This sermon is part of the sermon series "Change of Heart". See series.
Have you ever used an image to help motivate you? To help you clarify what and who you
want to become? An image can be an object or can come from a song, poem, or picture. A well placed, often considered image can nurture within us something about ourselves that we want to cultivate. I know a mother who ripped a picture out of a magazine and placed it in her work space. It was a picture of a mom and a daughter talking together with affection and warmth. She put it there to remind her of the kind of mom she wants to become for her daughter. My father-in-law is a pastor, and above his desk are hung two images: John Calvin and Martin Luther—two men that have shaped his view of faith and his understanding of what it means to be apastor. There they sit, beckoning him forward. I’ve been to a chemist’s lab at Harvard, and the research group had a picture of Einstein hanging up, calling them forward in their intellectual pursuit. Do you have an image like this hanging somewhere around you?
The thing about images like these is that none of them tell us what to do. None of them provide a roadmap for success. They don’t prescribe the steps we should take. What they do is remind us of who we want to become. We know the person we want to be resides somewhere deep within us. Those images reach in and summon that person to life.
I want to suggest that what Jesus is doing here with these eight lines of poetic prose, the Beatitudes, is painting an image for us. It’s a word picture that we can carry around with us, think about, put in a prominent place. It’s an image that paints a picture of what our life can be like.
It’s not an image that reminds us of some external accomplishment or tangible pursuit with tangible results. This picture describes qualities of the heart. It is a picture of internal realities—of an internal condition. The Beatitudes paint a picture of a life that is blessed—a life we can have when the attitudes of our hearts are fully aligned with God’s purpose. We are made to be in keeping with God’s original design. The Beatitudes create an image that beckons us forward.
So far, we’ve looked at the first three beatitudes and have been shown a heart that is poor in spirit, a heart that mourns, and a heart of meekness. Have you noticed that all three of these beatitudes are descriptions of emptiness? Jesus says blessed are those who embrace their poverty, their brokenness, and their need for surrender.
Jesus now makes a very natural transition. From describing a life that is intentionally empty, he moves on to talk about what it is that fills that life up.
Making room for hunger
“Blessed are those who hunger and thirst for righteousness, for they will be filled.” What does it mean to hunger and thirst for righteousness? I’d like us to look to Jesus’ life for a bit of clarity.
If you remember, Jesus’ public ministry didn’t begin until he was about 30 years old. We know very little about his life from the time of his birth and early childhood up until this point. What we do know is that for 30 years, Jesus did what we all do—he grew up. Jesus transitioned from infancy to childhood through adolescence and into adulthood, all in a small rural town outside of the bustling city life. Jesus worked his family’s trade of carpentry and studied Torah just like the other Jewish boys in his village did. Then, finally, he stepped out onto the stage: his public ministry began at the Jordan River when he was baptized by John and confirmed by the voice of God who announced to every onlooker that Jesus’ moment was here. You can imagine the sense of anticipation and excitement. Years of preparation were finally about to pay off.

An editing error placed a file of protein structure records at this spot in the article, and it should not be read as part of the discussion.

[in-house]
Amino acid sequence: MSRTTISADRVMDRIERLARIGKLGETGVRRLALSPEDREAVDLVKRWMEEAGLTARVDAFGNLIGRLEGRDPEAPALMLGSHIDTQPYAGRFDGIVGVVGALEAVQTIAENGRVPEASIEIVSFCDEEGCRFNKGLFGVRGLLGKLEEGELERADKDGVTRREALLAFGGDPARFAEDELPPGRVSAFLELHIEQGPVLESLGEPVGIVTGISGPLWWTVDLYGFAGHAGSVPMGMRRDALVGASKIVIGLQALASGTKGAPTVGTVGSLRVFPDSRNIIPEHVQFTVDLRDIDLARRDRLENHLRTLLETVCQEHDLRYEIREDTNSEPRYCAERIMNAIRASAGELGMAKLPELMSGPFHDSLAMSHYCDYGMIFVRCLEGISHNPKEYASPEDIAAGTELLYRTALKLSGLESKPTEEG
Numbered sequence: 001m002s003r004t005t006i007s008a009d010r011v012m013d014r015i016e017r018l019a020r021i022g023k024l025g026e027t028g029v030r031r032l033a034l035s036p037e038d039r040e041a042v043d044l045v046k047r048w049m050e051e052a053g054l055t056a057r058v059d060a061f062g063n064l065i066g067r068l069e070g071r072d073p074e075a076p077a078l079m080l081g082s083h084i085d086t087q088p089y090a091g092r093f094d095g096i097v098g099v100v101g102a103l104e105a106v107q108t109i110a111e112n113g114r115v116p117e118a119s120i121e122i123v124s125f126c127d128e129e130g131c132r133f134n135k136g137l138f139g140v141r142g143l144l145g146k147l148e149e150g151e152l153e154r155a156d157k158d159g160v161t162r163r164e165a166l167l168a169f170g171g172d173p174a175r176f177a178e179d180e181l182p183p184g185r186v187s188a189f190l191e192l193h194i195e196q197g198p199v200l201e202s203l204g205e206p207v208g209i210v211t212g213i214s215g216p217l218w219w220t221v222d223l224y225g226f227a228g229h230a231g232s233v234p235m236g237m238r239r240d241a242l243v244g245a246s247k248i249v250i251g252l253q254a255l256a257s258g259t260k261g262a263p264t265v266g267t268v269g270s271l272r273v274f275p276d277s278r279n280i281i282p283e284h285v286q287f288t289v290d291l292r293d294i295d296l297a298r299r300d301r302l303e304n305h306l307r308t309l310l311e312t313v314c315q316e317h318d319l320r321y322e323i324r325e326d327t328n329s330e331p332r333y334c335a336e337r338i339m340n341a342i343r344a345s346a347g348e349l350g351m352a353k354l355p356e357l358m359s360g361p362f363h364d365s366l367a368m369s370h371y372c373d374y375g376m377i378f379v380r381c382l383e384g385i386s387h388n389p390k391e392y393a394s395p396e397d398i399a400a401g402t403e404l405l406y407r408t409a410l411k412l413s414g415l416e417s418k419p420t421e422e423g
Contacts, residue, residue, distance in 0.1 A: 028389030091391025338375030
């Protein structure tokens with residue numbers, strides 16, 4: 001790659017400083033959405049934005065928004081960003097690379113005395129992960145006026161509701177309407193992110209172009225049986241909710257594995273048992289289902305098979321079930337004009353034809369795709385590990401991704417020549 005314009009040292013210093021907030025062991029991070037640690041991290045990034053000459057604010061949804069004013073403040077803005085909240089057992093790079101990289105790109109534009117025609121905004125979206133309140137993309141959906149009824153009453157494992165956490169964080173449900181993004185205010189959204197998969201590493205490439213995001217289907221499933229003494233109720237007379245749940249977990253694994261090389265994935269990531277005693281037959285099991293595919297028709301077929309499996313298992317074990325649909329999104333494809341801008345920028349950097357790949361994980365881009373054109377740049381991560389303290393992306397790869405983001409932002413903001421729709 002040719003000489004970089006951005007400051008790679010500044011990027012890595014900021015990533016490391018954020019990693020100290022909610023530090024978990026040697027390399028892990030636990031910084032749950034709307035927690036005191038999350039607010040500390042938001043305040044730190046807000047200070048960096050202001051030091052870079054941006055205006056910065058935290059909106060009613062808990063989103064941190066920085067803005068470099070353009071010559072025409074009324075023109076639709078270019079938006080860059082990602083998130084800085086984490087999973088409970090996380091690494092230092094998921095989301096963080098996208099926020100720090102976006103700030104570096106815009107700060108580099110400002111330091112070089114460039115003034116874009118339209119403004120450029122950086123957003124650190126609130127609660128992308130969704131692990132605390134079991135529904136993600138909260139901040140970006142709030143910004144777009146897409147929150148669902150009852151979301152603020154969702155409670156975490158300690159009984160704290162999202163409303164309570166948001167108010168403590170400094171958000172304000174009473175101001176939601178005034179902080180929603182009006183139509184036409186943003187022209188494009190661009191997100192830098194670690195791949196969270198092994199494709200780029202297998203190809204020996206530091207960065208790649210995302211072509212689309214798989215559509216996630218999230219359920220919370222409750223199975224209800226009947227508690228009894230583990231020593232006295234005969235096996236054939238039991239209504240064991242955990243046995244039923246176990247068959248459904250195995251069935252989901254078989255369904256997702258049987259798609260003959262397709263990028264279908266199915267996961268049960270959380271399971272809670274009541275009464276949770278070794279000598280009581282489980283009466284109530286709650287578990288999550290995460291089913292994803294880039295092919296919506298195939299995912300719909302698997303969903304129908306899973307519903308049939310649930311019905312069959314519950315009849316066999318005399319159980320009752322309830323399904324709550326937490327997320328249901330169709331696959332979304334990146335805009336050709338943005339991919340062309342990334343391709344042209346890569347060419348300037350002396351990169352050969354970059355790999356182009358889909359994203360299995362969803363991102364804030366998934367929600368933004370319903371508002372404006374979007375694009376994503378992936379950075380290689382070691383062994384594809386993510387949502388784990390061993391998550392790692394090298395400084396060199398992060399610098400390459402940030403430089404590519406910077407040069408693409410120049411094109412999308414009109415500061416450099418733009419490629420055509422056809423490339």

So what does Jesus do? What is his first act as Messiah? What does he do on his first day on the job? He didn’t perform a miracle; he didn’t preach a sermon; he didn’t raise anyone from the dead. Instead, he went into the wilderness and for 40 days he stopped eating. For 40 Days Jesus emptied himself and made himself hungry.
Have you ever wondered why he chose this among all the other possibilities? I think Jesus did this in order to make a clear and definitive statement about the central question of humanity. The most important question any person asks is, “What is it that will fill my hungry heart?”
The greatest quest of life is the quest for satisfaction. We live our lives pursuing hard after it. We search for something to satiate the pangs of our human appetites—something to quench the dull ache of our unfulfilled cravings. Human beings are hungry creatures. We look for food in all kinds of places: money or possessions, strings of relationships or nonstop activity, sex or power, fame or approval.
You know what Jesus was doing in the wilderness during his fast? He was checking those appetites. Jesus was living out what he preached when he said, “Blessed are those who hunger and thirst for righteousness, for they will be filled.” He was making sure his human appetites didn’t gain control of him. When fed, unrestrained appetites only get bigger and bigger while leaving us less and less satisfied. Do you know how we know this? Because of McDonald’s.
In 1955, the largest soda McDonald's offered was seven ounces. In a little over 50 years, it has swelled six times that size to 42 ounces. In a recent international marketing campaign, McDonald's was pushing their super-sized drink more than ever, lovingly naming it "Hugo" to entice customers. Should someone choose to grab a Hugo, he or she will be taking in over 400 calories and nearly no nutritional value. Unrestrained appetites grow larger and larger and satisfy us less and less.
The struggle we have in our context isn’t just the struggle of individual appetites growing out of control. We also struggle against of the sheer number of appetites that our consumer culture tries to awaken inside of us.
In Hank Ketcham’s comic strip "Dennis the Menace," Dennis is looking through a catalog saying, "This catalog’s got a lot of toys I didn’t even know I wanted." The primary role of an advertiser is to create hunger we never knew we had in pockets of our lives that we never knew were lacking! We find ourselves with more appetites than we could ever hope to satisfy in one lifetime.